Monday, February 20, 2017

Gift and Loan Back Arrangements – A Practical Example

Earlier posts have looked at various aspects of ‘gift and loan back’ arrangements – see -

As set out in earlier posts, and with thanks to the Television Education Network, today’s post considers some related practical issues in relation to gift and loan back arrangements in a ‘vidcast’ at the following link -

As usual, an edited transcript of the presentation for those that cannot (or choose not) to view it is below –

Having done the trust split, what you might look at doing is a gift and loan back. That is to say the trustee that sits over a split trust will arrange for assets that are equal to the underlying interest in the asset to be gifted into a brand new trust.

The new trust will generally be a stock standard family trust that's controlled by the relevant beneficiary.

If the split trust makes a capital gift of the underlying capital value, not the interest in the asset itself, then what is being gifted is the dollar value of the asset as a cash gift. It can be a promissory note, round robin of cheques or whatever it needs to be.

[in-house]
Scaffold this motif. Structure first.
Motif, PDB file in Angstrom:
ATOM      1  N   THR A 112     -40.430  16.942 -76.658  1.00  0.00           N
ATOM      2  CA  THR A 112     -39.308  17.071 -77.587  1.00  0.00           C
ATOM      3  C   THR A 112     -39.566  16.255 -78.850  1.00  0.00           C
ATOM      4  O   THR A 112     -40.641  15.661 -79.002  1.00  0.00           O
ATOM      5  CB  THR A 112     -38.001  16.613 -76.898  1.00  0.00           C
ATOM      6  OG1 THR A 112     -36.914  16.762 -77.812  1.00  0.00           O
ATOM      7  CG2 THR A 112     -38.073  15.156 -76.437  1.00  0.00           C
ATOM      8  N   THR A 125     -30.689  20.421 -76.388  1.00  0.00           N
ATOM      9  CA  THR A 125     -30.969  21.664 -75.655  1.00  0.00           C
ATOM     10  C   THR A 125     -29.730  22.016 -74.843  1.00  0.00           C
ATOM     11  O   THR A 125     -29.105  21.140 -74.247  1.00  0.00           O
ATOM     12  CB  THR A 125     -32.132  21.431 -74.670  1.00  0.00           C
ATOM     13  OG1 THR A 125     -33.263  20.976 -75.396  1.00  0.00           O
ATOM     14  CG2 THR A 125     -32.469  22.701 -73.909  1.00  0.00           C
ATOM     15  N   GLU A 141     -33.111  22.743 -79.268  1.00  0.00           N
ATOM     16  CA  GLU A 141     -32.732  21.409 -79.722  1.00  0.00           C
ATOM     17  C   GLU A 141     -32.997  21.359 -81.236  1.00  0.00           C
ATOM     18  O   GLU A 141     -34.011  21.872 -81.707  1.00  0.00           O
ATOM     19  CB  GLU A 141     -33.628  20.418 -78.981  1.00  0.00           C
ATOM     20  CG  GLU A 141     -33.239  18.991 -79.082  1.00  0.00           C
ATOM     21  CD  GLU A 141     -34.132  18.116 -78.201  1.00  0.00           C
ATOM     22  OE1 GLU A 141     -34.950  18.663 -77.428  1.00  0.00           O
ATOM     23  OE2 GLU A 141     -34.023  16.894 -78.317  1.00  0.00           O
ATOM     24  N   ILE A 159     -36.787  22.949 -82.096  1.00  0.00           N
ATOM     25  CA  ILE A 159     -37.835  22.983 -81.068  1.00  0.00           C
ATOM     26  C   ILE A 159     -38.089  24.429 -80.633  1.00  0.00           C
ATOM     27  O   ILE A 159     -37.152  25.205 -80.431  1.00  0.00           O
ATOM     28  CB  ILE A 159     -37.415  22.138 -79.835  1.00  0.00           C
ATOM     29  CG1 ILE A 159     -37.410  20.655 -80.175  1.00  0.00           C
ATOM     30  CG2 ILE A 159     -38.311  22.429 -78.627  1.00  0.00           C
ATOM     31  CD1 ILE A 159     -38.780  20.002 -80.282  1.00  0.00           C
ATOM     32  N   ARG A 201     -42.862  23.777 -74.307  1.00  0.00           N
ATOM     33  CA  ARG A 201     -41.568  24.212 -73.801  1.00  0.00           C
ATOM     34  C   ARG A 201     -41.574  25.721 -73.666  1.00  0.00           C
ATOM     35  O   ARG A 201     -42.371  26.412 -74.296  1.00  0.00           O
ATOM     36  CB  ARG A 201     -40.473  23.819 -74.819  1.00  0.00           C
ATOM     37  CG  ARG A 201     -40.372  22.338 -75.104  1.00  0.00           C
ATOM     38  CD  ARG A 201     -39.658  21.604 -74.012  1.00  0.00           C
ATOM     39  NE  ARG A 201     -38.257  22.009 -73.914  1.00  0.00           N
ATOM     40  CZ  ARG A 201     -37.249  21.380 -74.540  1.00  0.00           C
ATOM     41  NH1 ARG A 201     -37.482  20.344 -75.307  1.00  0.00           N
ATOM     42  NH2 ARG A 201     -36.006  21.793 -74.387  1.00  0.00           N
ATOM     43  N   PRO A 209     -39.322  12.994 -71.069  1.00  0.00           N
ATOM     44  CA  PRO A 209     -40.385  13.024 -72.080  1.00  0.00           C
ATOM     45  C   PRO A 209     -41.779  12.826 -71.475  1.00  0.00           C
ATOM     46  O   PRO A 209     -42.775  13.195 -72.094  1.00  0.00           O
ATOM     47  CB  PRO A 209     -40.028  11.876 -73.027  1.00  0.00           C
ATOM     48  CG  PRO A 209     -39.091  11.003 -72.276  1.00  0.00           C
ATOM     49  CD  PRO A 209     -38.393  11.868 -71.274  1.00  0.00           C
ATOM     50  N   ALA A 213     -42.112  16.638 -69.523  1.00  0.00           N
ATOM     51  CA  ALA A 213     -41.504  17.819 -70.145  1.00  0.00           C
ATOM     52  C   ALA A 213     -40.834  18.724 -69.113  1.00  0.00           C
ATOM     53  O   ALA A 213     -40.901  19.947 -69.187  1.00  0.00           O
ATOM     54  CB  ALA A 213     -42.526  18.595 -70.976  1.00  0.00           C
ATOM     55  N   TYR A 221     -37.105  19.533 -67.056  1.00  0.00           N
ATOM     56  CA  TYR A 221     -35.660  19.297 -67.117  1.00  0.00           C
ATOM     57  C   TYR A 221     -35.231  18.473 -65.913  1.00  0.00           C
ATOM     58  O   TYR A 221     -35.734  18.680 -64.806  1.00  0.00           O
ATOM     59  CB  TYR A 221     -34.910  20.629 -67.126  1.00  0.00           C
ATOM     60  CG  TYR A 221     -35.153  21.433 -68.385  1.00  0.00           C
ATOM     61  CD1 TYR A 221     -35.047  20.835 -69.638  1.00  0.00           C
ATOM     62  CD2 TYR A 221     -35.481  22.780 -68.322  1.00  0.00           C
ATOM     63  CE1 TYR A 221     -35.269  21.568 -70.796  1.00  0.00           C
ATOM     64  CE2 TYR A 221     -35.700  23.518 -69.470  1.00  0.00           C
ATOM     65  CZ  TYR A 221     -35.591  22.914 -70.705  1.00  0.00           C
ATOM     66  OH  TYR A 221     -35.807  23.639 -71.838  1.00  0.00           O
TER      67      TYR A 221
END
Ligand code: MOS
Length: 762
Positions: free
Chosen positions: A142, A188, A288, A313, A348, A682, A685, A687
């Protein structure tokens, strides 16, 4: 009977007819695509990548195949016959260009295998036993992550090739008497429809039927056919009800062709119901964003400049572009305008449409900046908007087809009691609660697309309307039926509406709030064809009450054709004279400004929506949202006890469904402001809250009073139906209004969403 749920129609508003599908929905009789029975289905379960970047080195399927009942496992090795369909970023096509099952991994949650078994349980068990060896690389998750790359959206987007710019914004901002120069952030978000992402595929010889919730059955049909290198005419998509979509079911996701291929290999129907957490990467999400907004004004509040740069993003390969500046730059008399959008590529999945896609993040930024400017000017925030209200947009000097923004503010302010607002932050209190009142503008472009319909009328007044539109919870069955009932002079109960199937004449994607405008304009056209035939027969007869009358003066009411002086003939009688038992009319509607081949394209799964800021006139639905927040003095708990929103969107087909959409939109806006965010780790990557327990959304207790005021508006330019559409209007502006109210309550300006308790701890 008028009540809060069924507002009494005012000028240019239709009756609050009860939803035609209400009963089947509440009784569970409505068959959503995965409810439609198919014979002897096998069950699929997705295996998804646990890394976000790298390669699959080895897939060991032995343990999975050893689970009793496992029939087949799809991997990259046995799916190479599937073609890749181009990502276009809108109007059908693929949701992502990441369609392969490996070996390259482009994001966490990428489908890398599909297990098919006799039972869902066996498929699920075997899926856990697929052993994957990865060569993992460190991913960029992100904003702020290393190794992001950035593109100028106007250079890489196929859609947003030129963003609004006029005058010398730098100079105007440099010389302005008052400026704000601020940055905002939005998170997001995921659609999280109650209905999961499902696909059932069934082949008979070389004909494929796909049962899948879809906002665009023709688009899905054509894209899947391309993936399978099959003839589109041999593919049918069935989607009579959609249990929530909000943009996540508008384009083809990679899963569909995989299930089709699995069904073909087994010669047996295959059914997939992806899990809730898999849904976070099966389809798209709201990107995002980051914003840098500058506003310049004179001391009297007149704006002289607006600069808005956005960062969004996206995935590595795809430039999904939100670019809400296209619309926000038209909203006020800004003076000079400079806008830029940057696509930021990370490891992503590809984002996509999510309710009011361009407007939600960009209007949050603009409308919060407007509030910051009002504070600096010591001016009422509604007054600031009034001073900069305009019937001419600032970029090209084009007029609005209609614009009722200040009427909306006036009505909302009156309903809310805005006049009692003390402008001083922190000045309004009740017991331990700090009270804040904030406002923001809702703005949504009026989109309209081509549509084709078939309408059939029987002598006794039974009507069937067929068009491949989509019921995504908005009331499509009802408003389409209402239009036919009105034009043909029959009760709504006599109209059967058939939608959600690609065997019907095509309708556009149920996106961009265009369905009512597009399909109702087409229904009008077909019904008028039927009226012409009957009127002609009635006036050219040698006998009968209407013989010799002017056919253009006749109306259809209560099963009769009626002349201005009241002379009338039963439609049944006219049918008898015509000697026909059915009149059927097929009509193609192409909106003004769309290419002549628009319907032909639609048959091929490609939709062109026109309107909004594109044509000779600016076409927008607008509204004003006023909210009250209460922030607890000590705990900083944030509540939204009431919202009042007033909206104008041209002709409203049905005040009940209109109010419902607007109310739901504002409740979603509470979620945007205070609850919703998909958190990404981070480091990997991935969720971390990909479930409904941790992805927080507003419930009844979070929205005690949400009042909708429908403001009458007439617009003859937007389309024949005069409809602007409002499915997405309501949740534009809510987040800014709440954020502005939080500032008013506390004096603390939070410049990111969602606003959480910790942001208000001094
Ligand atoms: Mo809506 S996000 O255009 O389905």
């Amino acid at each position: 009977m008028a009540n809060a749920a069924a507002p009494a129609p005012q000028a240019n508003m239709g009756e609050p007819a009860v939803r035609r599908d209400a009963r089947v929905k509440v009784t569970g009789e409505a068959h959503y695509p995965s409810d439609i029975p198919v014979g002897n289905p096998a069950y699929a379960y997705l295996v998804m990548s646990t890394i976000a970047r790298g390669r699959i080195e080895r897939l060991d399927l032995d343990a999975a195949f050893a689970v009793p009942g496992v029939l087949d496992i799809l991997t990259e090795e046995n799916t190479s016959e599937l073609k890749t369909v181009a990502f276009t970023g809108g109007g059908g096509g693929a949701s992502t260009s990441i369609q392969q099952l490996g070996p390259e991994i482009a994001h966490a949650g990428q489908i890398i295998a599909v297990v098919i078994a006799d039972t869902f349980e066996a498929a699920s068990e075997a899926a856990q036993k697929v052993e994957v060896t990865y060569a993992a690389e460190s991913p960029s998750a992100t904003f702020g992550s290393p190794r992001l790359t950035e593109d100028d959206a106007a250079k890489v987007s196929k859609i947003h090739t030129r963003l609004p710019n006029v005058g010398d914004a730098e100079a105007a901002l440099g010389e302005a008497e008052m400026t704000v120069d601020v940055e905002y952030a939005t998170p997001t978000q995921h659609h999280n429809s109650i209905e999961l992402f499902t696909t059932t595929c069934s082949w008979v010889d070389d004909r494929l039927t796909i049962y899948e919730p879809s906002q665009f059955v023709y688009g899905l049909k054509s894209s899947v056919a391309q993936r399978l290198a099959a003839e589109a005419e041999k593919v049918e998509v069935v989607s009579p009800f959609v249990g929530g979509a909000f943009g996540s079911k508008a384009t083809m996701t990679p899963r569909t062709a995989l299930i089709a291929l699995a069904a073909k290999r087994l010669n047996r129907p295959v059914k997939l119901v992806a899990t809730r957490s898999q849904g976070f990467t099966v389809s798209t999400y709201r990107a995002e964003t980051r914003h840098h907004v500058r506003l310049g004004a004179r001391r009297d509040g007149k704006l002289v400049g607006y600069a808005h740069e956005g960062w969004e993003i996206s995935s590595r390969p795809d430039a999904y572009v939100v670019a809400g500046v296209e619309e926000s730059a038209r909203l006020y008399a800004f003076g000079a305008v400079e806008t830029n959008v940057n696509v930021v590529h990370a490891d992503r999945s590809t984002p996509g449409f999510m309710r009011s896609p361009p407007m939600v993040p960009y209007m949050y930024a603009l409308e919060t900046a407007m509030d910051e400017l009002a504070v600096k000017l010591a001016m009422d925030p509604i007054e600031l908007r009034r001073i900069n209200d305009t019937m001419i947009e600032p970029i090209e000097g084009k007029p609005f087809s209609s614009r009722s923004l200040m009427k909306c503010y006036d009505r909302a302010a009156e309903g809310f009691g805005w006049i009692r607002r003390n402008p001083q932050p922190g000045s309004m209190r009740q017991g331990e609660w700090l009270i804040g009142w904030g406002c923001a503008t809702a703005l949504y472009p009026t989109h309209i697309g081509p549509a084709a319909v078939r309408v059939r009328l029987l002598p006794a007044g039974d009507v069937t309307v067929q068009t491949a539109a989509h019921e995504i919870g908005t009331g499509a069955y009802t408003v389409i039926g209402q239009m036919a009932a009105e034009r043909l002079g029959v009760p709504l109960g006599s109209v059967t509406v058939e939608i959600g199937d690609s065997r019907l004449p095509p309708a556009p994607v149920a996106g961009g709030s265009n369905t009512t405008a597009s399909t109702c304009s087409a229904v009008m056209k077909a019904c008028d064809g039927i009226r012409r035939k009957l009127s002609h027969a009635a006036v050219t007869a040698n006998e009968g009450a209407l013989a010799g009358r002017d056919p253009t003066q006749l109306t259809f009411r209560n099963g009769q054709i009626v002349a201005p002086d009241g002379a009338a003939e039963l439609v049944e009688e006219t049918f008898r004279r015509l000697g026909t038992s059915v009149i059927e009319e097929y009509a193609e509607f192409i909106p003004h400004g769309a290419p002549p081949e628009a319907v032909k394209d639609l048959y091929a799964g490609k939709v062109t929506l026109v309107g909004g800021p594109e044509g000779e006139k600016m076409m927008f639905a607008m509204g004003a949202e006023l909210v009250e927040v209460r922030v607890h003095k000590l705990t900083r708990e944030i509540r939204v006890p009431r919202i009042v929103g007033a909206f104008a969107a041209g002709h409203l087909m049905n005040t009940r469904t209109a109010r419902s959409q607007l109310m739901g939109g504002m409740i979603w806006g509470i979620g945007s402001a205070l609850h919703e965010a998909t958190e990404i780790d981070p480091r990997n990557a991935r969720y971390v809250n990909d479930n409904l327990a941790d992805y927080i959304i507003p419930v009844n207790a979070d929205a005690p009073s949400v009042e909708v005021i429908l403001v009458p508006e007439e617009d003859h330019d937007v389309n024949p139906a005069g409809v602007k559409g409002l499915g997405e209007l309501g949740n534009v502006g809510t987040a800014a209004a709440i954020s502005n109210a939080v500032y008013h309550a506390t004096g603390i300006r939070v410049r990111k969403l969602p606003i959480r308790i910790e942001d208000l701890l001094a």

The funds are gifted into a trust that’s controlled by the relevant beneficiary. What the beneficiary then does is lends that money back into the split trust.

That is step 1 is the gift.

Step 2 is the loan.

But at the same time as that new trust is making that loan, it will also take a mortgage out over the underlying assets in the split trust.

Thus you have effectively synthetically moved all of the equity out of the split trust into a brand new trust, which is absolutely controlled by the relevant beneficiary.

Furthermore, there's no mortgage duty on a gift and loan back arrangement. In other words, you can do all of the gift and loan back arrangement without any transaction costs.

The beauty of the strategy is that it still maintains the integrity of the initial trust split, but gives each of the ultimate family members, no matter what might go wrong between the family at that split trust level, the ultimate ability to call in that debt. While they might actually have to sell the underlying asset at that point, they will still ultimately have the underlying equity where it needs to be (that is in their sole control).